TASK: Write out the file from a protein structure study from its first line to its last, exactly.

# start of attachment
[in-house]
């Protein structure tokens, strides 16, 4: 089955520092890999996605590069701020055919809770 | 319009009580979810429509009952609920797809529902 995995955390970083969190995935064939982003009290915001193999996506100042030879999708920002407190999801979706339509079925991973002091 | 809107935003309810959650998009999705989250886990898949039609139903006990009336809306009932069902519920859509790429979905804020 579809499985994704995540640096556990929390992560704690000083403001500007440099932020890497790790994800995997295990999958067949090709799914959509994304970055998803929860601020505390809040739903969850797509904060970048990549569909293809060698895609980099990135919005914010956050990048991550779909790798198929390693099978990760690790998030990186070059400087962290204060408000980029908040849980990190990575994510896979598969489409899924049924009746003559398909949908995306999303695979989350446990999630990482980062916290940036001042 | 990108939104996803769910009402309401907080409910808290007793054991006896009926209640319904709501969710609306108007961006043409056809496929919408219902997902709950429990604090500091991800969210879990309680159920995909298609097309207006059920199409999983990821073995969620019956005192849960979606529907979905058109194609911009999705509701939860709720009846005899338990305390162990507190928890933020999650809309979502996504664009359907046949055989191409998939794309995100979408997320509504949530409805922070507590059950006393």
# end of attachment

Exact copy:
[in-house]
């Protein structure tokens, strides 16, 4: 089955520092890999996605590069701020055919809770 | 319009009580979810429509009952609920797809529902 995995955390970083969190995935064939982003009290915001193999996506100042030879999708920002407190999801979706339509079925991973002091 | 809107935003309810959650998009999705989250886990898949039609139903006990009336809306009932069902519920859509790429979905804020 579809499985994704995540640096556990929390992560704690000083403001500007440099932020890497790790994800995997295990999958067949090709799914959509994304970055998803929860601020505390809040739903969850797509904060970048990549569909293809060698895609980099990135919005914010956050990048991550779909790798198929390693099978990760690790998030990186070059400087962290204060408000980029908040849980990190990575994510896979598969489409899924049924009746003559398909949908995306999303695979989350446990999630990482980062916290940036001042 | 990108939104996803769910009402309401907080409910808290007793054991006896009926209640319904709501969710609306108007961006043409056809496929919408219902997902709950429990604090500091991800969210879990309680159920995909298609097309207006059920199409999983990821073995969620019956005192849960979606529907979905058109194609911009999705509701939860709720009846005899338990305390162990507190928890933020999650809309979502996504664009359907046949055989191409998939794309995100979408997320509504949530409805922070507590059950006393």